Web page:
The return of the 100% mortgage – what could it mean for you?

The return of the 100% mortgage – what could it mean for you?

Since the global financial crisis hit in 2008, 100% mortgages have been very much off the menu. Now, however, Barclays has become the first major bank to bring them back.

While this will give hope to first-time buyers across the UK, who will be able to acquire a three-year fixed rate deal at 2.99% without stumping up any of their own money, the new 100% mortgage isn’t quite all that it seems. Buyers will still need help from the Bank of Mum and Dad to get onto the property ladder.

Barclays has revamped its Family Springboard Mortgage, taking away the need for first-time buyers or those moving home to put down any cash in advance.

Up until now, buyers have been required to give the bank at least a 5% cash deposit based on the purchase price of the home they are looking to buy.

Although the mortgage is being advertised as deposit-free, buyers will still need a “helper” to place money into a Barclays savings account equalling 10% of the house purchase price. This will need to be held there for three years.

Parents will receive their money back, as well as any interest accumulated, assuming that their child has kept up with mortgage repayments in the time in between.

100% mortgages were shelved in the wake of the 2008 crash, with Barclays and other lenders criticised for irresponsible lending. In fact, Barclays was very close to having to be bailed out by the government at this time.

But now, with the economy more stable and some people struggling to cobble together a deposit, Barclays has taken a step that others may soon follow.

It is, though, a 100% mortgage with a caveat, which should help to swerve any of the dangerous and irresponsible lending that helped lead to global financial meltdown eight years ago.

It’s not the same as the old 100% mortgages because of the money parents or 'helpers' must place into the savings account as a security measure.

The risk is much less because of the financial security provided by the Bank of Mum and Dad.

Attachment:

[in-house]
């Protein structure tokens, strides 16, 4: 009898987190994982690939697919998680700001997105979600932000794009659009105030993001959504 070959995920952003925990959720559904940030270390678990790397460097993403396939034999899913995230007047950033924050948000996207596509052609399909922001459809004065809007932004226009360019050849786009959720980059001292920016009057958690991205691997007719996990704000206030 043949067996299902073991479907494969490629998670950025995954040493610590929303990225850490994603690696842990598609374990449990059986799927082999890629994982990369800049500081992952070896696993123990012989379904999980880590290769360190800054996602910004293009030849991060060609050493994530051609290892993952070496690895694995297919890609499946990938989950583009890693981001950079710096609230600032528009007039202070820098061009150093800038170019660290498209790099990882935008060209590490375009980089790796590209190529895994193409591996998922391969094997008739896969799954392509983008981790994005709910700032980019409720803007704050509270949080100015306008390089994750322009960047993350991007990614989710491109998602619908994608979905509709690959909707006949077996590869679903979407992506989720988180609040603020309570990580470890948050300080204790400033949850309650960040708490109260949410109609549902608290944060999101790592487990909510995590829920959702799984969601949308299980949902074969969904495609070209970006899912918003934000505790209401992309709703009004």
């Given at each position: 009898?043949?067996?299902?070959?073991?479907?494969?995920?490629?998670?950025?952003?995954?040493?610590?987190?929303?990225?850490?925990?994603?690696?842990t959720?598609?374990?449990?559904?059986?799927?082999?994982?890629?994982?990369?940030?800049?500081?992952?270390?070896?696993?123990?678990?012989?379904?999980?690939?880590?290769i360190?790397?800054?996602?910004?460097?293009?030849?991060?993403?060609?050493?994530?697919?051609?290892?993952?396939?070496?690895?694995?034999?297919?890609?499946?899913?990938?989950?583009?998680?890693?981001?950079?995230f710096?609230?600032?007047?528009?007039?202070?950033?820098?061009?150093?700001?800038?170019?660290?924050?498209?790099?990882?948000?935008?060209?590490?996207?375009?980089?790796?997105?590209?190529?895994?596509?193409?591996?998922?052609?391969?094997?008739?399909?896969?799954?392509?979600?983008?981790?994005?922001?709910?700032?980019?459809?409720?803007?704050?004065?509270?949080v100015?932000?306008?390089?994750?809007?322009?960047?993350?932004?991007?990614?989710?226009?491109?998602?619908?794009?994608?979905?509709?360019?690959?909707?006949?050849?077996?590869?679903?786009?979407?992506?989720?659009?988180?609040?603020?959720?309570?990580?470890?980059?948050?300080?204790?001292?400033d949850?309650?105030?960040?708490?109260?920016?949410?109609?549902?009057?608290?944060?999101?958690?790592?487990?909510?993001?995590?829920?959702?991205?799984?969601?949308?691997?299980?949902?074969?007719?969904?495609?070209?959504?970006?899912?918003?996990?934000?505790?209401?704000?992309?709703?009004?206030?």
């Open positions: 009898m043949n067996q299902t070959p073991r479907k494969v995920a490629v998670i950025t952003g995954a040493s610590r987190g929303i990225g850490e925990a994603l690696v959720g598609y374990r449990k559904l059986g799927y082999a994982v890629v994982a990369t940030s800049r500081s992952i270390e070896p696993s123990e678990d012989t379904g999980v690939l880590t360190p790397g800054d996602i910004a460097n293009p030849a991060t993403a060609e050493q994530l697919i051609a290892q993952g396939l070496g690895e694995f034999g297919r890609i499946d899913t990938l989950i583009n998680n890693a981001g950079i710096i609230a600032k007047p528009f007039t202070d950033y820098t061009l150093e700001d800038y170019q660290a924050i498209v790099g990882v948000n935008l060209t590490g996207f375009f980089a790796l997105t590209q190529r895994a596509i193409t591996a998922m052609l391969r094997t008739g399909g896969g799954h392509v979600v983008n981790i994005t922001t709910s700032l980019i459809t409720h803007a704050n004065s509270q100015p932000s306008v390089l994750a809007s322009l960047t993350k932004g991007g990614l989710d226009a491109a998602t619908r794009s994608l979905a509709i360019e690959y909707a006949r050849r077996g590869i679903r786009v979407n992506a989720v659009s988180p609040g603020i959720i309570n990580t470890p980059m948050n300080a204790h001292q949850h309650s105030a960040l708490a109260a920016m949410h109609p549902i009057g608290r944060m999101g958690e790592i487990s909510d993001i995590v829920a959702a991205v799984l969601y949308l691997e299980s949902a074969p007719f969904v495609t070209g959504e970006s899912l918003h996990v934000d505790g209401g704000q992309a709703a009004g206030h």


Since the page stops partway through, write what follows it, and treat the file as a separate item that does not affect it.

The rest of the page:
All of this comes at a time when it’s been revealed that the Bank of Mum and Dad is now the UK’s tenth biggest mortgage lender.

Research by Legal & General has shown that the Bank of Mum and Dad will be involved in a quarter of all property transactions taking place in 2016.

Parents eager to help their adult children onto the property ladder are now equivalent to a £5 billion mortgage lender, with 300,000 deposits this year relying on support from the Bank of Mum and Dad.

Throughout the whole of this year, parents and family are predicted to be part of approximately £77 billion worth of property transactions.

The average contribution, the findings revealed, will be £17,500, while more than three-quarters of property purchases will reach completion thanks to assistance from the Bank of Mum and Dad.

It’s not just parents helping their offspring, though. Grandparents are increasingly getting in on the act, too, with 22,500 house purchases relying on financial support from Nan and Grandad’s up and down the country, while a further 27,000 mortgages will be part-funded by other relatives, friends or loved ones.

Legal & General’s research said that, of the donations given by the Bank of Mum and Dad, 57% are gifts, 18% are loans with no interest and 5% are loans with interest.

With the Bank of Mum and Dad now becoming one of the UK’s biggest lenders, and the new 100% Barclays mortgage also relying on parental help, it looks likely that the trend for parents helping their offspring to fly the nest will be around for a little while yet.